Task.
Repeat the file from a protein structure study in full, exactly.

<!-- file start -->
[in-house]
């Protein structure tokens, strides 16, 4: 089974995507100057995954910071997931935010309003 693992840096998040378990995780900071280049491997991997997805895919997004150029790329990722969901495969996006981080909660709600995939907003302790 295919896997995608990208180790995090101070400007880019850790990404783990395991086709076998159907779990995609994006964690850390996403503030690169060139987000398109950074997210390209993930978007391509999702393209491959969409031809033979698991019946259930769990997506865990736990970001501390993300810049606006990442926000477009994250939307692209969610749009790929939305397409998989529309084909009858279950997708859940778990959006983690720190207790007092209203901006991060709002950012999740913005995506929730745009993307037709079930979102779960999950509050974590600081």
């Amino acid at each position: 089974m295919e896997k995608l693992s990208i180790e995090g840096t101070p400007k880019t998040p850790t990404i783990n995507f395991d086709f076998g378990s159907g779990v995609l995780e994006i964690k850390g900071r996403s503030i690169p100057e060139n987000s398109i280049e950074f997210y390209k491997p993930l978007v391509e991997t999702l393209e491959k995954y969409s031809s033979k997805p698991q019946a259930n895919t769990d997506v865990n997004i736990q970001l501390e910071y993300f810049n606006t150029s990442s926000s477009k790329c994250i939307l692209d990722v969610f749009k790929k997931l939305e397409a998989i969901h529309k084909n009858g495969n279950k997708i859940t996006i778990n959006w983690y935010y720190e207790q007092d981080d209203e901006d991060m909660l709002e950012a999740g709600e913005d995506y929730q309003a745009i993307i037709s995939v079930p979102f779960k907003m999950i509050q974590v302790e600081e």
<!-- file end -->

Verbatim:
[in-house]
């Protein structure tokens, strides 16, 4: 089974995507100057995954910071997931935010309003 693992840096998040378990995780900071280049491997991997997805895919997004150029790329990722969901495969996006981080909660709600995939907003302790 295919896997995608990208180790995090101070400007880019850790990404783990395991086709076998159907779990995609994006964690850390996403503030690169060139987000398109950074997210390209993930978007391509999702393209491959969409031809033979698991019946259930769990997506865990736990970001501390993300810049606006990442926000477009994250939307692209969610749009790929939305397409998989529309084909009858279950997708859940778990959006983690720190207790007092209203901006991060709002950012999740913005995506929730745009993307037709079930979102779960999950509050974590600081």
């Amino acid at each position: 089974m295919e896997k995608l693992s990208i180790e995090g840096t101070p400007k880019t998040p850790t990404i783990n995507f395991d086709f076998g378990s159907g779990v995609l995780e994006i964690k850390g900071r996403s503030i690169p100057e060139n987000s398109i280049e950074f997210y390209k491997p993930l978007v391509e991997t999702l393209e491959k995954y969409s031809s033979k997805p698991q019946a259930n895919t769990d997506v865990n997004i736990q970001l501390e910071y993300f810049n606006t150029s990442s926000s477009k790329c994250i939307l692209d990722v969610f749009k790929k997931l939305e397409a998989i969901h529309k084909n009858g495969n279950k997708i859940t996006i778990n959006w983690y935010y720190e207790q007092d981080d209203e901006d991060m909660l709002e950012a999740g709600e913005d995506y929730q309003a745009i993307i037709s995939v079930p979102f779960k907003m999950i509050q974590v302790e600081e």